Type of Document Dissertation Author Bailey, John Allen Author's Email Address firstname.lastname@example.org URN etd-11092009-223330 Title A SYNTHESIS OF STUDIES PERTAINING TO BUILDING CONDITIONS, STUDENT ACHIEVEMENT, STUDENT BEHAVIOR, AND STUDENT ATTITUDE Degree PhD Department Educational Leadership and Policy Studies Advisory Committee
Advisor Name Title Dr. Glen Earthman Committee Co-Chair Dr. Travis Twiford Committee Co-Chair Cash, Carol S. Committee Member Dr. Linda Lemasters Committee Member Keywords
- Building Conditions and Student Achievement
- Student Attitude
- Student Behavior
- School Facilities
Date of Defense 2009-11-02 Availability unrestricted AbstractThe relationships between building condition and student achievement, student behavior, and student attitude were investigated by reviewing research. A synthesis of research studies from 1998 through 2008 was completed. A matrix was replicated from Lemasters’ 1997 study that identified the researchers used in each study. The matrix presented each author and the areas each author researched.
The first task was to determine if a substantial amount of research was available from the time period between 1998 through 2008. Current research through journals, research reports, briefs, and theses and dissertations supported this. The main research question examined if current relationships existed between building conditions and student achievement, student behavior, and student attitude by synthesizing several studies from 1998 through 2008. The results of the studies within this time period presented many new phenomena and also either substantiated or refuted findings in the previous syntheses conducted by Weinstein (1979), McGuffey (1982), and Lemasters (1997).
Over one hundred pieces of literature were reviewed that supported a preponderance of evidence, which broadened the field of focus to include certain variables that affect student achievement, student behavior, and student attitude. There were 54 studies to be synthesized and included some independent variables presented in Lemasters’ study, as well as the variables of lighting, acoustics, school age, density, climate conditions, design features, teachers, attendance, attitudes, miscellaneous studies, and building conditions.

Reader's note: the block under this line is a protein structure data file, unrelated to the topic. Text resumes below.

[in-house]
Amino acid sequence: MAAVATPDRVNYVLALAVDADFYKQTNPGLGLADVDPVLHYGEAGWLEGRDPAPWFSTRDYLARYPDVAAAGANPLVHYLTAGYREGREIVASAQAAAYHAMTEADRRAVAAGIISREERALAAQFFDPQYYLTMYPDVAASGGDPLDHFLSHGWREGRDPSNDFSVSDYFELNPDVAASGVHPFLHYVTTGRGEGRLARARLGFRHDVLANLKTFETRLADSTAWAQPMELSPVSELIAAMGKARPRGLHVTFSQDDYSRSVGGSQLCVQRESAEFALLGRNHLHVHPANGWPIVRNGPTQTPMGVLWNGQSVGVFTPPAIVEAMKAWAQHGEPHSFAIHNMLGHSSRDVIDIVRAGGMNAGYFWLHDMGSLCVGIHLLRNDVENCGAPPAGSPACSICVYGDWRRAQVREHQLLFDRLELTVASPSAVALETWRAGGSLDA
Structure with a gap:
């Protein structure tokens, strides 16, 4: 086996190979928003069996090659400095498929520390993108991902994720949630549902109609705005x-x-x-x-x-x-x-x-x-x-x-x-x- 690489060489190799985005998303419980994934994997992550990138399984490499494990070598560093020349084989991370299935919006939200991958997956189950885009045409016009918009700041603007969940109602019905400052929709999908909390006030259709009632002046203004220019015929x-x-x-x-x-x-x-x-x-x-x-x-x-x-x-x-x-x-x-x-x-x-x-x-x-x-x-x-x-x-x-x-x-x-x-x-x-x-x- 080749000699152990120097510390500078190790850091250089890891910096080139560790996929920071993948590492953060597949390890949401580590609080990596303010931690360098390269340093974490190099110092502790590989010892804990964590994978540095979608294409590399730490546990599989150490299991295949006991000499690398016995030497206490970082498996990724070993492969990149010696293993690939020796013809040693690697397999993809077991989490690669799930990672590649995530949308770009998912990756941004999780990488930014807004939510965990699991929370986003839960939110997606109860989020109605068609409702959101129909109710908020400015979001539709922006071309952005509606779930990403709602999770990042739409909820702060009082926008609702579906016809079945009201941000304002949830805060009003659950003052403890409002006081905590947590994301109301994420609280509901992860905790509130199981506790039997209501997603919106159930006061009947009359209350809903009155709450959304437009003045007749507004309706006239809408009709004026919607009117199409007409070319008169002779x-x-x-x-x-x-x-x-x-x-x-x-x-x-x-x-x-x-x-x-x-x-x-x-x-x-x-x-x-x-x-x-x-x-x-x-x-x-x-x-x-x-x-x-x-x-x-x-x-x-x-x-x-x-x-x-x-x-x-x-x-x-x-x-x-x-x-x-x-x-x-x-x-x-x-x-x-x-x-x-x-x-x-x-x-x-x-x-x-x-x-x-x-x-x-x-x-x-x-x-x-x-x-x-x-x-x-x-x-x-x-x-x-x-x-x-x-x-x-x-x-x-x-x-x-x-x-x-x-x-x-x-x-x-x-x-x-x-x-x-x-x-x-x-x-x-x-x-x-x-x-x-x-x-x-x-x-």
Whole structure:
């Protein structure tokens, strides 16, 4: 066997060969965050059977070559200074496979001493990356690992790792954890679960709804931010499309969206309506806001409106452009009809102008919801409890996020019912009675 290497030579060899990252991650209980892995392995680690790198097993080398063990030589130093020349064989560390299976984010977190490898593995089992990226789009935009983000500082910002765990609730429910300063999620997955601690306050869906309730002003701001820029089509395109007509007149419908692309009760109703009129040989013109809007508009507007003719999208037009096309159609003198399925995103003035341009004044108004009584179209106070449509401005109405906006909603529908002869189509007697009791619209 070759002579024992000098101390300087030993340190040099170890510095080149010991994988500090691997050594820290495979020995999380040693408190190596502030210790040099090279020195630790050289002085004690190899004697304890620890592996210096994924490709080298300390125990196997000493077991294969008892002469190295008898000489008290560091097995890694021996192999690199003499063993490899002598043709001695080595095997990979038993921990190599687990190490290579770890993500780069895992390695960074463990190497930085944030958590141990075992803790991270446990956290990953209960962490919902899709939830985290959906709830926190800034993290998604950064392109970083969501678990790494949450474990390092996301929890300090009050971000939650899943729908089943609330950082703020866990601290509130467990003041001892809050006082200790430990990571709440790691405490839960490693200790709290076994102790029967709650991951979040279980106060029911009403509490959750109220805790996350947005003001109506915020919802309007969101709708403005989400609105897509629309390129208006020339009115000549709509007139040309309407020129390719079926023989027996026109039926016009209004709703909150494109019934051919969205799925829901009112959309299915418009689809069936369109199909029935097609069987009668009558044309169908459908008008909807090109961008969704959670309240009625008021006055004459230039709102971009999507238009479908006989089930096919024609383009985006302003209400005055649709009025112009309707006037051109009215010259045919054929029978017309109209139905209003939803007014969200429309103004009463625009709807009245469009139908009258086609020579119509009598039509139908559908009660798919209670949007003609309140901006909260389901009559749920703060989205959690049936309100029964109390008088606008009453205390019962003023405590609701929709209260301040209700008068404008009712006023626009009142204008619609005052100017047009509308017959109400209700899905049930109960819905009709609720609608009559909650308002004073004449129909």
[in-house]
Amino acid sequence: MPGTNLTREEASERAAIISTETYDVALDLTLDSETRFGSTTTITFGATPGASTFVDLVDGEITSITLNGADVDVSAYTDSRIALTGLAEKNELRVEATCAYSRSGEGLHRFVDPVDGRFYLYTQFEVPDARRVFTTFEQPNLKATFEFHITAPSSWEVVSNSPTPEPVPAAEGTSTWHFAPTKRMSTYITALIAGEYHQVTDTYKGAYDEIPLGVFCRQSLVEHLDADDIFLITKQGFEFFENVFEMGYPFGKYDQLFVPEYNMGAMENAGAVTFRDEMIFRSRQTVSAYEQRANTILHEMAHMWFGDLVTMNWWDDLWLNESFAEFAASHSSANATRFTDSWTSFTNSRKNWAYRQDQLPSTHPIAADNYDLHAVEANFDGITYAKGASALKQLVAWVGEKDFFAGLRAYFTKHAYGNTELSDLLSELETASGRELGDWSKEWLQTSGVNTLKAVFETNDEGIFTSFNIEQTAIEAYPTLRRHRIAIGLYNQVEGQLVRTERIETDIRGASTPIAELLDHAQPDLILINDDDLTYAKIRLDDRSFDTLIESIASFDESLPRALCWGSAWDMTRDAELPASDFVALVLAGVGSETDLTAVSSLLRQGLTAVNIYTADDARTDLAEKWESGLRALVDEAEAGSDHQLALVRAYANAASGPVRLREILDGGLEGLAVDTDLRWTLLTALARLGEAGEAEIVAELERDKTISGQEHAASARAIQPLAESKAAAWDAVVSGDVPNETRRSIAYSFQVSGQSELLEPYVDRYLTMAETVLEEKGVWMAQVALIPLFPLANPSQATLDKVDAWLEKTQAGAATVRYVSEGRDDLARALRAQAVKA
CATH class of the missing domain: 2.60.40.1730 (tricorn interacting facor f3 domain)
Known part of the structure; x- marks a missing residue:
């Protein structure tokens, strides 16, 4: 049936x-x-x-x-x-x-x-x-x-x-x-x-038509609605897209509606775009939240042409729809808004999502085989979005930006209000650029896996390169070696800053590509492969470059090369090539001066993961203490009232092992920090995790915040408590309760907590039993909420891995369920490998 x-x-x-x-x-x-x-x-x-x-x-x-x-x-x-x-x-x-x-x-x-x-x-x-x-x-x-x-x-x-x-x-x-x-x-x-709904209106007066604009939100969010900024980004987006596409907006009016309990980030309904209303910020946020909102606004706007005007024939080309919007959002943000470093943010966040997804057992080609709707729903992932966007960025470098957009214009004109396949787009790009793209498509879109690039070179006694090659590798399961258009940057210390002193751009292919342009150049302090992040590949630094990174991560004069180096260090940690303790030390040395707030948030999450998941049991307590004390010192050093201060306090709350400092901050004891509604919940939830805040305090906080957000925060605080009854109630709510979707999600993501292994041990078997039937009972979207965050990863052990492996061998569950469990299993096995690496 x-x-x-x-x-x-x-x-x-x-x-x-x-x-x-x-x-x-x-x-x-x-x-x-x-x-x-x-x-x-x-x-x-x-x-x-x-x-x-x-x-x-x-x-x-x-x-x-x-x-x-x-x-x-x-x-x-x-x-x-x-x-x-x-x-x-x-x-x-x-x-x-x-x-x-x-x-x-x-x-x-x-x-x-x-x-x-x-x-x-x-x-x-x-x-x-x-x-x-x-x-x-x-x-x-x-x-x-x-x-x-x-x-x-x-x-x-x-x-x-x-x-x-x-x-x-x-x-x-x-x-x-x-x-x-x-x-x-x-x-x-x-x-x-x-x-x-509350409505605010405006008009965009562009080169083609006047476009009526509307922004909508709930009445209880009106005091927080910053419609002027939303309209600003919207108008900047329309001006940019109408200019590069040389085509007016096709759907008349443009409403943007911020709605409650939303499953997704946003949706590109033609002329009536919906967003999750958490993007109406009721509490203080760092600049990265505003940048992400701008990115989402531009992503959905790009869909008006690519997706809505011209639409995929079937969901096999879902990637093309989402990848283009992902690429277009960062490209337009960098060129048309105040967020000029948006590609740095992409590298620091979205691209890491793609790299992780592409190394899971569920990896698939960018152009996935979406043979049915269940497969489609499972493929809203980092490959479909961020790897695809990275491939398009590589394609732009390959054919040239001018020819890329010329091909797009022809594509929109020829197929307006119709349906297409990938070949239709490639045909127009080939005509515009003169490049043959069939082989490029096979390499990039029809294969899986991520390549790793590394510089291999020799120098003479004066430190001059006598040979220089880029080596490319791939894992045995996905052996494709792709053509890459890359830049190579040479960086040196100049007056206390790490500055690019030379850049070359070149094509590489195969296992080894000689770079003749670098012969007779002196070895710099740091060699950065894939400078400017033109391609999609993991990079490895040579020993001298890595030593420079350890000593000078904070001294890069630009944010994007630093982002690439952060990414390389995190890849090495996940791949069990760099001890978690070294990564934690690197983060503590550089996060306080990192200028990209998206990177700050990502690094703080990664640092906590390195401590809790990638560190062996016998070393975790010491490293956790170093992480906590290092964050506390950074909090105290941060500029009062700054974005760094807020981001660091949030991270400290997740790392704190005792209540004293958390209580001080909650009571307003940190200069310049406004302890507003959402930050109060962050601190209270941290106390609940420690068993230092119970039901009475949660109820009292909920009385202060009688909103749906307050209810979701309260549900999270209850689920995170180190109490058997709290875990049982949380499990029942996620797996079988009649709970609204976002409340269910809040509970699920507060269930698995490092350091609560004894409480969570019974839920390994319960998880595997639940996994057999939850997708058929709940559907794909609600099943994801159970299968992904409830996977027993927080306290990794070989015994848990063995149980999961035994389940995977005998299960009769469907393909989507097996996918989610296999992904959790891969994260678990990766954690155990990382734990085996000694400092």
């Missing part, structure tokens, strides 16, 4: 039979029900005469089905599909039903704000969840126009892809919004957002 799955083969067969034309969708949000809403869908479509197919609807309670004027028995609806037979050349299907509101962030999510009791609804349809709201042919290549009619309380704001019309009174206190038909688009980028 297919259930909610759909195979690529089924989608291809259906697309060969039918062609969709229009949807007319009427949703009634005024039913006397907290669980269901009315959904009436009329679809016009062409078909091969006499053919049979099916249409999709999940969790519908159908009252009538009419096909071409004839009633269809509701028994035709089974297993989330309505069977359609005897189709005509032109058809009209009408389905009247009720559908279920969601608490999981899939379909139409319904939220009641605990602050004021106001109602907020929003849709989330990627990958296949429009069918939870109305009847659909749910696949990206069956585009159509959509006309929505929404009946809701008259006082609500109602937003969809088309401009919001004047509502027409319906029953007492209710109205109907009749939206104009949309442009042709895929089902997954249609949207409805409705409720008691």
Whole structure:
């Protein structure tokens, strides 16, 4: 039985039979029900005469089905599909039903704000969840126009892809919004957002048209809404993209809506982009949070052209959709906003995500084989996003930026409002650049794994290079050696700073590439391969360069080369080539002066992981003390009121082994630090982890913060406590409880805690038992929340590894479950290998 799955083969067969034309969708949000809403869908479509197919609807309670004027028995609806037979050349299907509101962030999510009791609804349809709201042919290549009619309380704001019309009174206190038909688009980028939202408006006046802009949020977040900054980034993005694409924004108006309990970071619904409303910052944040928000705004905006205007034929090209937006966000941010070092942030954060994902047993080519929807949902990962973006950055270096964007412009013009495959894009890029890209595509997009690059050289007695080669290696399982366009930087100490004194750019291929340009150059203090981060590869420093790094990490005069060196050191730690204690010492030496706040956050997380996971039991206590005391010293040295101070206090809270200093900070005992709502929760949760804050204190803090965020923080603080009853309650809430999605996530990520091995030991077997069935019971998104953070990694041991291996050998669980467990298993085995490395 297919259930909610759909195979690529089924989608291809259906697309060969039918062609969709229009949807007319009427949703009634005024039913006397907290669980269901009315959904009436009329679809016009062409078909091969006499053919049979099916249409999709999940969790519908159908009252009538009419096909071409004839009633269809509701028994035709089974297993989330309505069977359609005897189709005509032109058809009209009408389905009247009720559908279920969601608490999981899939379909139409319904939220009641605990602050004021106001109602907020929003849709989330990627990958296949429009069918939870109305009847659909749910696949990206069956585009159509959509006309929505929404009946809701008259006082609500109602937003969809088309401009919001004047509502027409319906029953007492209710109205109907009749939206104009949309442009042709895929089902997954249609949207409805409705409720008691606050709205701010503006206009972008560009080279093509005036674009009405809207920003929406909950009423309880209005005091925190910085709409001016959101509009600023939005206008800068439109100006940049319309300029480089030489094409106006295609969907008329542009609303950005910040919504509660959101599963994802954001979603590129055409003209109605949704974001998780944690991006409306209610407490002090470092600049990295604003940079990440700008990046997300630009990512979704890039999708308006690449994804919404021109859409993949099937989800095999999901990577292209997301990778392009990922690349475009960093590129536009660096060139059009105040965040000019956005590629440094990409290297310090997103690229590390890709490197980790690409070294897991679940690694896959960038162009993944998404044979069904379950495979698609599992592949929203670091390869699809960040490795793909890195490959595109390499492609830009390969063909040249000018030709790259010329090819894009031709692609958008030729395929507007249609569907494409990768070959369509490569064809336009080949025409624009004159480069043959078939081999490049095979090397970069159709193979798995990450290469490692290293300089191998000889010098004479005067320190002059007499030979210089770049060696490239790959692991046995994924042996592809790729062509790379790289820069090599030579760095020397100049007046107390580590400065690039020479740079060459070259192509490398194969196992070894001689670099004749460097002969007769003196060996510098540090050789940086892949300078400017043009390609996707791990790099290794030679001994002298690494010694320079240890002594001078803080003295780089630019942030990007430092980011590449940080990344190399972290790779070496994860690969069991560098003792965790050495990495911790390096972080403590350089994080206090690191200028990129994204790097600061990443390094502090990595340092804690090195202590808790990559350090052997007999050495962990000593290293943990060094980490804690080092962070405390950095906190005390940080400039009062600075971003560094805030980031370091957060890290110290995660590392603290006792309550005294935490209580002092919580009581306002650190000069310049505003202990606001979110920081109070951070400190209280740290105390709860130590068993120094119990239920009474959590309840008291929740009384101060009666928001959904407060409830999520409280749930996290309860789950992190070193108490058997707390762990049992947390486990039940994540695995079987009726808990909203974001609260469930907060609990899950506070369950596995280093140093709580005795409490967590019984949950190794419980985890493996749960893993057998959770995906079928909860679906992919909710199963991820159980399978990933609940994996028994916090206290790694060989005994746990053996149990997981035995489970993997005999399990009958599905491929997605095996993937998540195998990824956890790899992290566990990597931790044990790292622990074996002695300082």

There were 35 dissertations reviewed that involved the dependent and independent variables mentioned above. Student academics, student perceptions and attitudes, and behavioral statistics were analyzed within each study. Each analysis of studies included the author of the study, the title of the document, the purpose of the study, the sample population used in the study, the statistical methodology used, the independent and dependent variables identified, and the findings and conclusions. The studies were formatted in a matrix and identified the number of studies in which the dependent variables of student achievement, student attitude, and student behavior.
The majority of all 54 studies involving building conditions and independent variables, from 1998 through 2008, had a direct influence on student achievement, student behavior, and student attitude. Newer, well maintained, schools had a positive influence on the dependent variables, while older, less cared for, and non-modernized schools had an adverse relationship to student achievement, student behavior, and student attitude.
The results of the previous three syntheses in 1979, 1982, and 1997, along with the results of the findings in this study supported and indicated that building condition was directly related to student achievement, student behavior, and student attitude.
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